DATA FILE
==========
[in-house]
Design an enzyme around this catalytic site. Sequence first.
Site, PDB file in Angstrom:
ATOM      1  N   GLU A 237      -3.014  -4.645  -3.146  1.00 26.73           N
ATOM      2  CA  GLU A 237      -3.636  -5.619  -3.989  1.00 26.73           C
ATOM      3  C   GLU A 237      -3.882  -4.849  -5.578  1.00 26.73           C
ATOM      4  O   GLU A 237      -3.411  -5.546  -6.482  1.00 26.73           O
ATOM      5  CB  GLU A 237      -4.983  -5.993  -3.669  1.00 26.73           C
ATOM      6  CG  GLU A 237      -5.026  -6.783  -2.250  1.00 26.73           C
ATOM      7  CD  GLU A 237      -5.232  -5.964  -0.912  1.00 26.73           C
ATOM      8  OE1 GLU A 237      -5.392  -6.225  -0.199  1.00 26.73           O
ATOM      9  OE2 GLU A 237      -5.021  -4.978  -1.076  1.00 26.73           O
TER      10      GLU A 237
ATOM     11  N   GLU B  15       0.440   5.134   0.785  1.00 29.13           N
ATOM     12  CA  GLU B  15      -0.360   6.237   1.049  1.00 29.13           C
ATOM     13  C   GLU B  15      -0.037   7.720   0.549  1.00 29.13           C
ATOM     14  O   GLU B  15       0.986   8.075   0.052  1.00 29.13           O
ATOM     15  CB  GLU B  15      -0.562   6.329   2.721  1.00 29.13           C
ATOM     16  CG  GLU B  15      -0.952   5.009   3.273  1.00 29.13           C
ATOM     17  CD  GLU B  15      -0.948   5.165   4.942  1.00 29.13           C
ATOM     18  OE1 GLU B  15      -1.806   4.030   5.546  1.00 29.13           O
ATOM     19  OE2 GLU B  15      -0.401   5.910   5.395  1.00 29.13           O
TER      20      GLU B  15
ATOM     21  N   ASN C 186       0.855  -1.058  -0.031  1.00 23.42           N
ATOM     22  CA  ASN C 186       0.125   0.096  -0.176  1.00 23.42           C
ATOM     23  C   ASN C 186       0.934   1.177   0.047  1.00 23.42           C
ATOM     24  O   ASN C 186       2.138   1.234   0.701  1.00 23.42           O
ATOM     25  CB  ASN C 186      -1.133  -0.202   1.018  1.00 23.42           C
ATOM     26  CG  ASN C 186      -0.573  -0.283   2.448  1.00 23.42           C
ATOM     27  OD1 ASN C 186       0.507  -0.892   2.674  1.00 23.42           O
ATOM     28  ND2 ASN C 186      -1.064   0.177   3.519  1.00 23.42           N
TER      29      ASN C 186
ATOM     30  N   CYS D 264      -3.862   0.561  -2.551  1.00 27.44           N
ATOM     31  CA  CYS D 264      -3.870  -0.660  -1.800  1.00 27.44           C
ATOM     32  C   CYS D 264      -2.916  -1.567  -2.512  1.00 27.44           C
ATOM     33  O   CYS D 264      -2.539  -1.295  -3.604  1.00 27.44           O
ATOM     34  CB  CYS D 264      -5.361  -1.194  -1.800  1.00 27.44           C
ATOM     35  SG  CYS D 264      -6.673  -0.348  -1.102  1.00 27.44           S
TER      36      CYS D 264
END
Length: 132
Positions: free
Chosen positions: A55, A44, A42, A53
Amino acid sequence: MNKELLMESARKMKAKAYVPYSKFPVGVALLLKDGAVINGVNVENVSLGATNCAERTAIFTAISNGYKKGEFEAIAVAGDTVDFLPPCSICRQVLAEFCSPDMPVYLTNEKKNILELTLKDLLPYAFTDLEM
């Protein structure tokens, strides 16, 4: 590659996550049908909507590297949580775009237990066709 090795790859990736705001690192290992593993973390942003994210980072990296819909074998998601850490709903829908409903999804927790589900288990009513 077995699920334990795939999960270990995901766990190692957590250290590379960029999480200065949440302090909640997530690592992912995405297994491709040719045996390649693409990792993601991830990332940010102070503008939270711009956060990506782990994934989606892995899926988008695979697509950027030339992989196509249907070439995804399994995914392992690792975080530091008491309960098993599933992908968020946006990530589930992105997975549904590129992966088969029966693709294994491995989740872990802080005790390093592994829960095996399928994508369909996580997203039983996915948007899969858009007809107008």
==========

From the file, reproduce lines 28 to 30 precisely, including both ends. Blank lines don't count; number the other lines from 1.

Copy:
ATOM     25  CB  ASN C 186      -1.133  -0.202   1.018  1.00 23.42           C
ATOM     26  CG  ASN C 186      -0.573  -0.283   2.448  1.00 23.42           C
ATOM     27  OD1 ASN C 186       0.507  -0.892   2.674  1.00 23.42           O